One morning in March 1969 Sandra was not there in the cloakroom when we arrived at school. A bit later Rita Scraggs and Jane Pease were called out of assembly, and were not seen again that day. But before the end of the day we all knew, although this was well before rolling news and the internet - Sandra had been murdered. She had been hitching on the motorway, on her way back from visiting the disabled man she helped (he confirmed this to the local paper), and had been strangled and her body tied up with string and dumped, naked. She was fifteen.
For days and weeks we girls would start to say something to each other, and not quite say it. It was something like "That sort of girl..." but we didn't say it because we knew it wasn't the truth. Our parents did though. They didn't even warn us against hitch-hiking (which I did quite a lot of in my late teens), they warned us against being "that sort of girl". When Sandra Tooman's father was quoted in the local paper as saying they had better keep the murderer locked up (a man called Kenneth Pike had just been charged with the murder) or he would kill him, my mother said Mr Tooman should have stopped his daughter turning into "what she was" (my mother's words - my mother didn't know Sandra or her family) and it was too late now. I remember the contorted faces of some of my friends' mothers as they spat invective about "girls like that". The public discourse, if a town in Bedfordshire can be said to have a public discourse, was not about the murder, but about Sandra Tooman's behaviour. Her fault.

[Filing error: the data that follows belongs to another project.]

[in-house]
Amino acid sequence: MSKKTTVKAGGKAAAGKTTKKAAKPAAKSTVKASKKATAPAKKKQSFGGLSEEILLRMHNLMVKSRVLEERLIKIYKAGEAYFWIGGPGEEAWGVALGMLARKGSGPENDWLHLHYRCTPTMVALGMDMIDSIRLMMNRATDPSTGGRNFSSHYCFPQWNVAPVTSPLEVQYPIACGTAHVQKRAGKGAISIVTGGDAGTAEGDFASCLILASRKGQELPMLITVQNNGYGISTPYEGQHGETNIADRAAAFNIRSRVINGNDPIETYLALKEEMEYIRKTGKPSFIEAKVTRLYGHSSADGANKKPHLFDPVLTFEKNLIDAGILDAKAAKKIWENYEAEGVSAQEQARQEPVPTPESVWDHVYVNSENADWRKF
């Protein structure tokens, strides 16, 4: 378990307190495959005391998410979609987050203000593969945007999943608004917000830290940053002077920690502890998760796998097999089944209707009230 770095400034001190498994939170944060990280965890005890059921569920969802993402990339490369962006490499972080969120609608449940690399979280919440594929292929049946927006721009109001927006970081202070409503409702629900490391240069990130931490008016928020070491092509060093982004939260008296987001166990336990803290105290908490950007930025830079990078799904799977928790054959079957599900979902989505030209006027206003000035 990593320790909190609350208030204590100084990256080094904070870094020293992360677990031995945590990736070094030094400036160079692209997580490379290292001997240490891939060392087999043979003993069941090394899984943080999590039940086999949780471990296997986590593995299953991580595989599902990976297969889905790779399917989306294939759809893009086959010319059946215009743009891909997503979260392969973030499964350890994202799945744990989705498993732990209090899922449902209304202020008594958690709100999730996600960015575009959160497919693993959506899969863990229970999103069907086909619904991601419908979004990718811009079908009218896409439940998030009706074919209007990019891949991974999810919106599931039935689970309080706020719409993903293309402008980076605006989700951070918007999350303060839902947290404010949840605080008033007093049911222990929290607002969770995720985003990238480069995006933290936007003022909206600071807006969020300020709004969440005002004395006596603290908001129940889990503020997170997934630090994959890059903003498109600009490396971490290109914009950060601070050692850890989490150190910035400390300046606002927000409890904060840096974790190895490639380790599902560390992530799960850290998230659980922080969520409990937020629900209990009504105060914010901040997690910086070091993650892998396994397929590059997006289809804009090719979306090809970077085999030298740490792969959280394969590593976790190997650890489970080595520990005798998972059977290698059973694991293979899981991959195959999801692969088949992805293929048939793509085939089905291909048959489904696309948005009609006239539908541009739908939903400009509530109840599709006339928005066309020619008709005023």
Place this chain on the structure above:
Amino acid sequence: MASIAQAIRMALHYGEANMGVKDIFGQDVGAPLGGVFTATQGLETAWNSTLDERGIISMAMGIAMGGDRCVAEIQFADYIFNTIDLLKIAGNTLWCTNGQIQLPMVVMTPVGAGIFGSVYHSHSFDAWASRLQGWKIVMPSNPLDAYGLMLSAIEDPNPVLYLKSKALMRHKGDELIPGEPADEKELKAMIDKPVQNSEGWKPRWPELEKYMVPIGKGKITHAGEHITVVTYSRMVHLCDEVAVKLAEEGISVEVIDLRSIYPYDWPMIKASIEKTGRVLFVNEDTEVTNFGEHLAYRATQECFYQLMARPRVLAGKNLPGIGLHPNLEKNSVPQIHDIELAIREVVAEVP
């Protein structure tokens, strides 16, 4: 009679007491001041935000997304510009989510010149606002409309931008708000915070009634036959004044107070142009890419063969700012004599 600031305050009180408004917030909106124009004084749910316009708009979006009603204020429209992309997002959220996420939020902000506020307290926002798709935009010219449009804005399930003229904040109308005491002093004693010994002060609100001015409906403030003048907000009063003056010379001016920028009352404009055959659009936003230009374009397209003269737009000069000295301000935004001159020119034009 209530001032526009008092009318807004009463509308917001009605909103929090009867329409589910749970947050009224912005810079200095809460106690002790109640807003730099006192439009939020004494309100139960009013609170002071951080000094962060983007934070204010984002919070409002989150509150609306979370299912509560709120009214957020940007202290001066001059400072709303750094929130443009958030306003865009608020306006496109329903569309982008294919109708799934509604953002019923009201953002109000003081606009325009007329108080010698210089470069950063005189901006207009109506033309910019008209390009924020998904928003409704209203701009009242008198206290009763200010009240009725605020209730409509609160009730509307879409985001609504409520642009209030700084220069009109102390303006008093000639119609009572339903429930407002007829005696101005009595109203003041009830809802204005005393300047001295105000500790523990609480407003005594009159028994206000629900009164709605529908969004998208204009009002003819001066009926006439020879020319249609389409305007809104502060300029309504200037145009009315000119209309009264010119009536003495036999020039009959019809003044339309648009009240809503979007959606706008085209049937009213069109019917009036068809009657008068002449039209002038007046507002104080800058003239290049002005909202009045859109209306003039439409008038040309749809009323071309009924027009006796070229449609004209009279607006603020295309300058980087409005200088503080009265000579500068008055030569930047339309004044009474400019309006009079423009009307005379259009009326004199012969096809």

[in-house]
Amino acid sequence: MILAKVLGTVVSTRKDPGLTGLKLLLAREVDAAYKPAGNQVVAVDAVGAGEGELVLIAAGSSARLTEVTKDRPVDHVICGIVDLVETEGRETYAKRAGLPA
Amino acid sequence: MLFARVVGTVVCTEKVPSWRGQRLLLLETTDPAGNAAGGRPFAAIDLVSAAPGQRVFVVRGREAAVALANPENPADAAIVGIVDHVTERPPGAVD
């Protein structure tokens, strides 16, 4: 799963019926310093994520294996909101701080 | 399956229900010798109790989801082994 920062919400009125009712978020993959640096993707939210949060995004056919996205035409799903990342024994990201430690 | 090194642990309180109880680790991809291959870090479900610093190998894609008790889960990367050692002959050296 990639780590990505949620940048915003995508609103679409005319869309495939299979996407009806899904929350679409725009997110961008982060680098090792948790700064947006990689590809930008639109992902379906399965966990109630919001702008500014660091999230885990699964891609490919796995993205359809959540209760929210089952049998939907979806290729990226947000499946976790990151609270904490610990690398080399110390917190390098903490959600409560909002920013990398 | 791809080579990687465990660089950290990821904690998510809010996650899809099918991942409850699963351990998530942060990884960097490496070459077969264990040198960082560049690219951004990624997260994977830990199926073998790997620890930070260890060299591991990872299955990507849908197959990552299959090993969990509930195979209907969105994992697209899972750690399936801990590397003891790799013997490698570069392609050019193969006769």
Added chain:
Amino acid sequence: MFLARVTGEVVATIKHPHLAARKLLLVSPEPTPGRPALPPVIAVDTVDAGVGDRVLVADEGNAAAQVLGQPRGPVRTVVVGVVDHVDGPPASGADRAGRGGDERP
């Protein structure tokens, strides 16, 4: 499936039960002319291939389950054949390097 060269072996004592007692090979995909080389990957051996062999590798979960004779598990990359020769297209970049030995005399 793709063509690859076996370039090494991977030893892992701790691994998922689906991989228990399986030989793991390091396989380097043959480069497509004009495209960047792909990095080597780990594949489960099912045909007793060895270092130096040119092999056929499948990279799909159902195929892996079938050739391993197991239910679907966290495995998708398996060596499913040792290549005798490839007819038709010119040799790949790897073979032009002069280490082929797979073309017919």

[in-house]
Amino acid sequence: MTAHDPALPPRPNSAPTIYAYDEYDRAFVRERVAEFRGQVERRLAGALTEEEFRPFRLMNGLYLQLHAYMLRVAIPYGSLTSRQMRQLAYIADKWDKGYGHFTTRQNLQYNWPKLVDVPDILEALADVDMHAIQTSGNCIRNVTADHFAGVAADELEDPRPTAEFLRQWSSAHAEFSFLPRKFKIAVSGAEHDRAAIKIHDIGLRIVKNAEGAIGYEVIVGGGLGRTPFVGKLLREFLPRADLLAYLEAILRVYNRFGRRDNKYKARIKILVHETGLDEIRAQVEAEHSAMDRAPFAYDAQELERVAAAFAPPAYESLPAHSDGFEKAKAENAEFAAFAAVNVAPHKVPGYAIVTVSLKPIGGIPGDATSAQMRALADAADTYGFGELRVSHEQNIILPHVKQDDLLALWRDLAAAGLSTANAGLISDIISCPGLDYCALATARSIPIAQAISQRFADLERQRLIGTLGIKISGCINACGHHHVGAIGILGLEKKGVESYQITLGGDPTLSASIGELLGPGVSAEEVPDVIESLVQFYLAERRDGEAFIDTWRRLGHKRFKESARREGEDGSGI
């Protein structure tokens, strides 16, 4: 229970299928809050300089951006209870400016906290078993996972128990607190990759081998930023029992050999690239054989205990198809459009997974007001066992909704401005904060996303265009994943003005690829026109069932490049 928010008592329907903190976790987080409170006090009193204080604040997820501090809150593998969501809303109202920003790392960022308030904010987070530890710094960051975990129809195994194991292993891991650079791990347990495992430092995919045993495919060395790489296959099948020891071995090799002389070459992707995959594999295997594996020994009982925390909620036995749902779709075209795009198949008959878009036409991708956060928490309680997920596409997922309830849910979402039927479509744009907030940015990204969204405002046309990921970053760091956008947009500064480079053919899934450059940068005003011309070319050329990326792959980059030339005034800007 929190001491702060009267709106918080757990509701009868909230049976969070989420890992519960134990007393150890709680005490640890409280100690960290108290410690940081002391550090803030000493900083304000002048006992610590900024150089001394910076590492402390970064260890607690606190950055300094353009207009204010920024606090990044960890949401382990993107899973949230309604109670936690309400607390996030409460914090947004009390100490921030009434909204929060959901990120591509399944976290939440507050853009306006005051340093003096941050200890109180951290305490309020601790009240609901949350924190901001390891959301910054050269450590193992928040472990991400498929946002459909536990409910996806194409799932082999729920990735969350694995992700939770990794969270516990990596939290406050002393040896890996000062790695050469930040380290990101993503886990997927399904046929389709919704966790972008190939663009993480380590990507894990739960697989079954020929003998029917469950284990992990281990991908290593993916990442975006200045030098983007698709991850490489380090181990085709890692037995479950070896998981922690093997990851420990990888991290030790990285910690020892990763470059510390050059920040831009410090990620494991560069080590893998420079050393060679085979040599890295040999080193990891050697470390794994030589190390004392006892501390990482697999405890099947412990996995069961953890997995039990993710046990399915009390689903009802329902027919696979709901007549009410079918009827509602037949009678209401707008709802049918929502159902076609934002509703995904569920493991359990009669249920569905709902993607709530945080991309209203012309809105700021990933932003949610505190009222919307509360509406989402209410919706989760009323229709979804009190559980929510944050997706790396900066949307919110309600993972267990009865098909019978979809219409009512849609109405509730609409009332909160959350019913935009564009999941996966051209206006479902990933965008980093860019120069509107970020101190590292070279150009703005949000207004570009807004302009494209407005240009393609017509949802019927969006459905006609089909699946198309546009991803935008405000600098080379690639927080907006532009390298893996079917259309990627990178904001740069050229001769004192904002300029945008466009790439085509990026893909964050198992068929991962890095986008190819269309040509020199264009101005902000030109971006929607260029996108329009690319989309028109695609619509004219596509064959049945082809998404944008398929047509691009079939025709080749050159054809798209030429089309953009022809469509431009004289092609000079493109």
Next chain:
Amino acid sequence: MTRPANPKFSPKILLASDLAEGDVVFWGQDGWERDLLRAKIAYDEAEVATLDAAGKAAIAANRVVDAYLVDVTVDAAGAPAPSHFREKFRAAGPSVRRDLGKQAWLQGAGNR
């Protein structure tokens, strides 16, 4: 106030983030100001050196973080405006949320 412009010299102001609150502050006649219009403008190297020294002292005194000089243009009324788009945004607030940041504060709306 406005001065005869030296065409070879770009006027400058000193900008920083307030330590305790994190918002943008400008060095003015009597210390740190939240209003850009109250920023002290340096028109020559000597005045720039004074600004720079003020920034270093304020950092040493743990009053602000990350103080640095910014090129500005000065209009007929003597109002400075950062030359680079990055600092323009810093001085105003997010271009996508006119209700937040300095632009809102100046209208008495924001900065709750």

In my time at that school two pupils had died before Sandra was killed. One boy, the same age as me, died of leukaemia. I didn't know him because he had been away ill most of the time. There was a rather moving special assembly in his memory. Another boy died, and a solemn announcement was made, but no special assembly was held. It turned out he had committed suicide. For Sandra, nothing. Not even an announcement at assembly. There were reporting restrictions on the trial, and I have just tried to search, but the Director of Public Prosecutions' archive website says nothing on that case will be released for 80 years.
The killing of Sandra Tooman changed my life, not because I was close to her or even knew her very well - I didn't grieve for her - but because I learned from it that the protection of society for those who are victims in some way is conditional. Some people's lives are worth more than other people's. Except that - no they are not.
If something isn't right, it's wrong.
None of the names have been changed.